I just had this exact sane thing with my driver. My swing coach showed me how to properly control my downswings during transition as well as release with the club face set for draw, fade, or straight. This had been a mystery to me for quite some time. Everyone says the release just happens and that's true for people that already know. About to get dinner but ill post later.

Cool. Looking forward to it.
post #12 of 37
Thread Starter 
Quote:
Originally Posted by rubch View Post

I have the opposite problem from time to time.

Usually, it's because when I take my grip, my shoulders or wrists are tense (even a little bit). When I then relax both, the club face will close. I just need to make sure that the club face is square when I relax my shoulders and wrists.

Perhaps, you have the opposite. After taking your grip, relax your shoulders and wrists and see what happens with the club face. If it opens, then you know that you're artificially and temporarily squaring the face at address, only to open it back up on the downswing. 

I think that might be part of it. However, the last time I took a lesson and looked at video of my swing, it was pretty clear I was really holding the face open through impact, enough so that it was making me chicken wing in the follow through. I've been doing a lot of L to L drills work on letting the club release, which has helped a shitload with my long irons. Just can't seem to get the feel with the driver.
post #13 of 37
Quote:
Originally Posted by SoundandFury View Post


Wouldn't that cause a pull slice, i.e., ball starts left of the target and slices back right? there's a ball flight chart on here somewhere that i swear backs me up...

No. The ball is going to start in the direction your club face is facing (right) and continue to slice (right) bc of your over the top swing.

However, it is completely possible to be missing right/right with an in to out swing, but your club face is going to need to be even more open. As one of the above posters stated...as long as your club face is more open than your path, you will fade or slice.
post #14 of 37

Push/slices with the driver are one if my issues that aren't fully resolved (sadly there are quite a few of those issues).  But for what it is worth, I have been finding that I tend to do this when I let the ball slip a bit too far back in my stance at setup.  When I move it back out toward the left toe the club seems to have a little more time to come square.  This, of course, may not be your issue at all, but looking to the simple stuff is always a good place to start troubleshooting, and ball placement at setup is easy to get a little lazy about.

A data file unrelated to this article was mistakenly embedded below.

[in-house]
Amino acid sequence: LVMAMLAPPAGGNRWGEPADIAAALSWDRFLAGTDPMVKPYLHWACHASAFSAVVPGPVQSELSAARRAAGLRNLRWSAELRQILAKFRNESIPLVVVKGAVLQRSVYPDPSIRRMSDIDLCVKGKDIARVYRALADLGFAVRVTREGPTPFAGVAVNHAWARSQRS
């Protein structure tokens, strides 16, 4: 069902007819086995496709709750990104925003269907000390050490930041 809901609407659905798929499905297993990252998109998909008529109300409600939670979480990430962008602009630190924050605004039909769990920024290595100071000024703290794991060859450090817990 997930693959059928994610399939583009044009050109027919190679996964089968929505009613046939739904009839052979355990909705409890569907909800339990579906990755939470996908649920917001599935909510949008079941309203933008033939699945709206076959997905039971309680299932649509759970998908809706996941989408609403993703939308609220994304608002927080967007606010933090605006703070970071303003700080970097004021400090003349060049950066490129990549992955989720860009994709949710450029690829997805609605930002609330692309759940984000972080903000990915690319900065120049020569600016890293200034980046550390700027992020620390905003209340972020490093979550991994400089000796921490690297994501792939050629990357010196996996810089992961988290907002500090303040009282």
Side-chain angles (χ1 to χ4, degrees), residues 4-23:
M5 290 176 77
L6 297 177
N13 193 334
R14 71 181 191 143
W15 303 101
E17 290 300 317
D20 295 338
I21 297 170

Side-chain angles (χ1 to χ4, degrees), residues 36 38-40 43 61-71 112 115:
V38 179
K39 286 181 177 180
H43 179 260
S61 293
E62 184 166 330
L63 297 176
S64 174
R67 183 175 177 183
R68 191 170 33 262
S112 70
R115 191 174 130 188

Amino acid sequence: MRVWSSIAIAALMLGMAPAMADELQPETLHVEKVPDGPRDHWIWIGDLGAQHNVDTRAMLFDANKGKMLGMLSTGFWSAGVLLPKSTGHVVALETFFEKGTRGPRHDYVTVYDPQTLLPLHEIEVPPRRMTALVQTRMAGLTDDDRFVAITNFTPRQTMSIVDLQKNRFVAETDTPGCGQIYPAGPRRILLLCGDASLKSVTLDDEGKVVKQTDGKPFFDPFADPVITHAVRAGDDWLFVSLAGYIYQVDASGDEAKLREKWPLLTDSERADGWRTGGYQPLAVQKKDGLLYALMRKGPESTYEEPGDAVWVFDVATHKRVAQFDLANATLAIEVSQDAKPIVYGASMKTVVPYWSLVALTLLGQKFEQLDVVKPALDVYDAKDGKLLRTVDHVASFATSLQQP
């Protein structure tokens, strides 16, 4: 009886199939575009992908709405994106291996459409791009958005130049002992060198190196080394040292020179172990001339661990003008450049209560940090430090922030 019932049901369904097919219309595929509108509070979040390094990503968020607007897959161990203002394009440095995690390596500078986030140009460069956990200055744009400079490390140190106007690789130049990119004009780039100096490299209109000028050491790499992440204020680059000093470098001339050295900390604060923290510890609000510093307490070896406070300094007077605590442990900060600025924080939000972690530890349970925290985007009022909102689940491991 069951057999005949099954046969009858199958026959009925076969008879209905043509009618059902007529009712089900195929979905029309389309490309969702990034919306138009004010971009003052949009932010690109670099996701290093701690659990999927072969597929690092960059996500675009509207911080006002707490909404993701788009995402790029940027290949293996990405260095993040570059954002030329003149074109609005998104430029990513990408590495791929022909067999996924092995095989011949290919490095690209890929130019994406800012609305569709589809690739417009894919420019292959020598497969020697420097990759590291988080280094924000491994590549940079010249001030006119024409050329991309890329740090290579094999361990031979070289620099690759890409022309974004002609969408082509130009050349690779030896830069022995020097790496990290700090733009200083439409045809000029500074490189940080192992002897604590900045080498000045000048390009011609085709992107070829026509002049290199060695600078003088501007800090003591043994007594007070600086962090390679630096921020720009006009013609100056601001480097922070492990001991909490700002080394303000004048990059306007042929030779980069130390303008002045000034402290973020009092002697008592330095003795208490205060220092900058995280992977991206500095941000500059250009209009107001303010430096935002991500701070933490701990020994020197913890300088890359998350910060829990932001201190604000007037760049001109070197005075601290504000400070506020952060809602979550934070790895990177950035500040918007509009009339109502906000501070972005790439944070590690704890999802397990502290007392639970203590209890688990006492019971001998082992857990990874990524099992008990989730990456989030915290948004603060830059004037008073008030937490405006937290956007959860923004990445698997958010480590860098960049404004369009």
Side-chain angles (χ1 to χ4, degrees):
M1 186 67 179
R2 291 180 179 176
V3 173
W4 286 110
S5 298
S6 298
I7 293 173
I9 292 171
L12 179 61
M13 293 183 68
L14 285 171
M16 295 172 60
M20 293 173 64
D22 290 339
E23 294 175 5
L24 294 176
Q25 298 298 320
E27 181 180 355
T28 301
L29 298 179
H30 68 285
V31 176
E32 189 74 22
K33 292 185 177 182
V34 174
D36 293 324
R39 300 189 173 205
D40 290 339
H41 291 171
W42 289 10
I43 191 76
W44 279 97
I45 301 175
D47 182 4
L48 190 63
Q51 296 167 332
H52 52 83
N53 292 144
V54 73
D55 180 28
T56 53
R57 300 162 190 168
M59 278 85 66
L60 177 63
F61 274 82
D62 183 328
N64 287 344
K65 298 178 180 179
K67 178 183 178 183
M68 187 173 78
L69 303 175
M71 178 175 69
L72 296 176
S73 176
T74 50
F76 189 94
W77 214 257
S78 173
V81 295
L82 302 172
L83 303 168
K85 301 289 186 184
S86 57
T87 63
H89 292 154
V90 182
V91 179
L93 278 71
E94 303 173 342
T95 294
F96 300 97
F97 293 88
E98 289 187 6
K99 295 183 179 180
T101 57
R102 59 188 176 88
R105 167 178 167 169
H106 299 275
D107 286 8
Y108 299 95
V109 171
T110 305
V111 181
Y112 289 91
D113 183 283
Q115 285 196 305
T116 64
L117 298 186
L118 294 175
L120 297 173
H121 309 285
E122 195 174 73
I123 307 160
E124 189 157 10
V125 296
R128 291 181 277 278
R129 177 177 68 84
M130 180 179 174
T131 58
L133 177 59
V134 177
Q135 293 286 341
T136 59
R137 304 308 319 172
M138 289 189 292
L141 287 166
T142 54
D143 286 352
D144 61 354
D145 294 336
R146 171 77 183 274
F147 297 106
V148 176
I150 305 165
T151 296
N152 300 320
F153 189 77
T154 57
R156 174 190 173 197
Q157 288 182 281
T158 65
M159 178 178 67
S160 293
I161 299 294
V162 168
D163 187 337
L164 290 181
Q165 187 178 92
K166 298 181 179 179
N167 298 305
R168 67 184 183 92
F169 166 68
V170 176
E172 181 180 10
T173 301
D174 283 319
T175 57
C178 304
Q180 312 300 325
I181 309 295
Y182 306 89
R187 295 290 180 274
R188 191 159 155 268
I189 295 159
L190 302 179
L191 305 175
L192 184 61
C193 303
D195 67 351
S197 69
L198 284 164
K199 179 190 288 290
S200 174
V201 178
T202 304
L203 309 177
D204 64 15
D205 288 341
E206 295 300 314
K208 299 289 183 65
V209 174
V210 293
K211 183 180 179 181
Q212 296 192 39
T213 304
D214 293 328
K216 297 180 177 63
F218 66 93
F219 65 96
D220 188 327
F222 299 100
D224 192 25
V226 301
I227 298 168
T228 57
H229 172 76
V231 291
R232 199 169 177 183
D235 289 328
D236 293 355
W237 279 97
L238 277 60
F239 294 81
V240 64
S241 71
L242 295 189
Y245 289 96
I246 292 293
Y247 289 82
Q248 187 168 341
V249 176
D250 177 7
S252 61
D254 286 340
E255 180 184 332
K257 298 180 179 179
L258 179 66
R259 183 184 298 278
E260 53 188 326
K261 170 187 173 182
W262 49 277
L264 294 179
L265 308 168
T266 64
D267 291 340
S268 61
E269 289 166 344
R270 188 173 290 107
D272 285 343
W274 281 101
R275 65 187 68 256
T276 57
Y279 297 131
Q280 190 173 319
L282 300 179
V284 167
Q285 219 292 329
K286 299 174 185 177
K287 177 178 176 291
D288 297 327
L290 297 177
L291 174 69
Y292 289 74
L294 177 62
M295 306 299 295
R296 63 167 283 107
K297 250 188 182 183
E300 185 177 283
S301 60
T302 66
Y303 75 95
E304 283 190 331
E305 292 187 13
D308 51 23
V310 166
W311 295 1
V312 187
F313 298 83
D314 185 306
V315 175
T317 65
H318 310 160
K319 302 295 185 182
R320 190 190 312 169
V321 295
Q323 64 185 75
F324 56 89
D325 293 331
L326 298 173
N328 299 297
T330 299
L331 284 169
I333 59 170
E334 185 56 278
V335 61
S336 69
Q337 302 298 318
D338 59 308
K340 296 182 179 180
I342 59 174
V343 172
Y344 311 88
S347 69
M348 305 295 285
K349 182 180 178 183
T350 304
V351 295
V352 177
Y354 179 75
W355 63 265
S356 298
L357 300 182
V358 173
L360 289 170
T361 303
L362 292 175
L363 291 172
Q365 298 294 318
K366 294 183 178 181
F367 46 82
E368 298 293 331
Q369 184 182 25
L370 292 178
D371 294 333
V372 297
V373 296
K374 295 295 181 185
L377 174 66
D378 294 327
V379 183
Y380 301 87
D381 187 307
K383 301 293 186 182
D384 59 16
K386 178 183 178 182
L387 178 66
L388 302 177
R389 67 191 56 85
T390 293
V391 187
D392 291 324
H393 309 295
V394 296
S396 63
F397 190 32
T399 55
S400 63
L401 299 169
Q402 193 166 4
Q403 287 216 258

post #15 of 37

Most of the time if the ball is starting right and going right it is an in-square-in path with an open face, if you strengthen your grip it should get the face more square.

post #16 of 37

To eliminate frustration, do a static alignment check.

 

Find some square floor tiles in your house. Line up the clubface square to a tile line. Does the clubface square on the tile blocks look square to you? Or, does it look closed or open?

 

I always do this when I switch out clubs. Everyone's eyes see things a little different. Make sure you know what "true square" looks like.

 

That's one of the reasons I favor Callaway clubs, and Cleveland wedges: They seem to fit my eye. What I see is what I get.

post #17 of 37
In addition to the good input so far, I would add, watch your tempo. Nothing throws off plane and path and face control (and just about everything else) like a quick twitchy swing with no transition.
post #18 of 37

On the driver...

 

Try moving the ball an inch or two forward in your stance, while keeping the low point of your swing centered. This will cause the path to pass from in/out to square or out/in and strike the ball on the upstroke with a less open face.

 

Keep playing with the ball position, tee height, and spine tilt and you will likely soon find the combination that closes the face in relation to the path, and produces the best launch angle.